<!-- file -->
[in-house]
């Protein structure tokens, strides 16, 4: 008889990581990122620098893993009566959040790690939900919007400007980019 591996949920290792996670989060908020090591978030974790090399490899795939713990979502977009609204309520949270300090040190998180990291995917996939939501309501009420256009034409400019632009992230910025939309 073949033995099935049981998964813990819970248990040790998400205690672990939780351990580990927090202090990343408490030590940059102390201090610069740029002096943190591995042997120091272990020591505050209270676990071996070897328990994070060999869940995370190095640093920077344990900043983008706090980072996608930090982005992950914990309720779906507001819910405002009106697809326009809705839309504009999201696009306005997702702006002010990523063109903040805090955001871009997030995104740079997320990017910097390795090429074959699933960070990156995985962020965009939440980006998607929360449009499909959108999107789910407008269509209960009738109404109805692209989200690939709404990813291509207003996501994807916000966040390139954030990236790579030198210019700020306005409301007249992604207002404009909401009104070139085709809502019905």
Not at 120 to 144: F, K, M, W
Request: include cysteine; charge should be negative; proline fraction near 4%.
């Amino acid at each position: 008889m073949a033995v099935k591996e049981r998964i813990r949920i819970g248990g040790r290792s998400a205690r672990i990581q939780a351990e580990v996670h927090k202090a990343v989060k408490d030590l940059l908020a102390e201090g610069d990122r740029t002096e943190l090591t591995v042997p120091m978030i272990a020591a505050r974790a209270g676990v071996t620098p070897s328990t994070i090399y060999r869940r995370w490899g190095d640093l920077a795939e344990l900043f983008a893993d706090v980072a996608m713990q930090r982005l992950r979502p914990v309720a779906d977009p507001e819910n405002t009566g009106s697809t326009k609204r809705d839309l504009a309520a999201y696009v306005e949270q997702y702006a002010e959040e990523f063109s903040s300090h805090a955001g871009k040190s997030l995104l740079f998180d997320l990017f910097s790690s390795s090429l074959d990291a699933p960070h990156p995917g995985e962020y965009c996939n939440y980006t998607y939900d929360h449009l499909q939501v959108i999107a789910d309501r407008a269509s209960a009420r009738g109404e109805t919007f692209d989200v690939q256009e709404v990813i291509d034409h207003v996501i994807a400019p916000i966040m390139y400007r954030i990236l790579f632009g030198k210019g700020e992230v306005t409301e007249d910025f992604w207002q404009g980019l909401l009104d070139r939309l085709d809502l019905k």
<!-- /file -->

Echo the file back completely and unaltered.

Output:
[in-house]
């Protein structure tokens, strides 16, 4: 008889990581990122620098893993009566959040790690939900919007400007980019 591996949920290792996670989060908020090591978030974790090399490899795939713990979502977009609204309520949270300090040190998180990291995917996939939501309501009420256009034409400019632009992230910025939309 073949033995099935049981998964813990819970248990040790998400205690672990939780351990580990927090202090990343408490030590940059102390201090610069740029002096943190591995042997120091272990020591505050209270676990071996070897328990994070060999869940995370190095640093920077344990900043983008706090980072996608930090982005992950914990309720779906507001819910405002009106697809326009809705839309504009999201696009306005997702702006002010990523063109903040805090955001871009997030995104740079997320990017910097390795090429074959699933960070990156995985962020965009939440980006998607929360449009499909959108999107789910407008269509209960009738109404109805692209989200690939709404990813291509207003996501994807916000966040390139954030990236790579030198210019700020306005409301007249992604207002404009909401009104070139085709809502019905």
Not at 120 to 144: F, K, M, W
Request: include cysteine; charge should be negative; proline fraction near 4%.
């Amino acid at each position: 008889m073949a033995v099935k591996e049981r998964i813990r949920i819970g248990g040790r290792s998400a205690r672990i990581q939780a351990e580990v996670h927090k202090a990343v989060k408490d030590l940059l908020a102390e201090g610069d990122r740029t002096e943190l090591t591995v042997p120091m978030i272990a020591a505050r974790a209270g676990v071996t620098p070897s328990t994070i090399y060999r869940r995370w490899g190095d640093l920077a795939e344990l900043f983008a893993d706090v980072a996608m713990q930090r982005l992950r979502p914990v309720a779906d977009p507001e819910n405002t009566g009106s697809t326009k609204r809705d839309l504009a309520a999201y696009v306005e949270q997702y702006a002010e959040e990523f063109s903040s300090h805090a955001g871009k040190s997030l995104l740079f998180d997320l990017f910097s790690s390795s090429l074959d990291a699933p960070h990156p995917g995985e962020y965009c996939n939440y980006t998607y939900d929360h449009l499909q939501v959108i999107a789910d309501r407008a269509s209960a009420r009738g109404e109805t919007f692209d989200v690939q256009e709404v990813i291509d034409h207003v996501i994807a400019p916000i966040m390139y400007r954030i990236l790579f632009g030198k210019g700020e992230v306005t409301e007249d910025f992604w207002q404009g980019l909401l009104d070139r939309l085709d809502l019905k």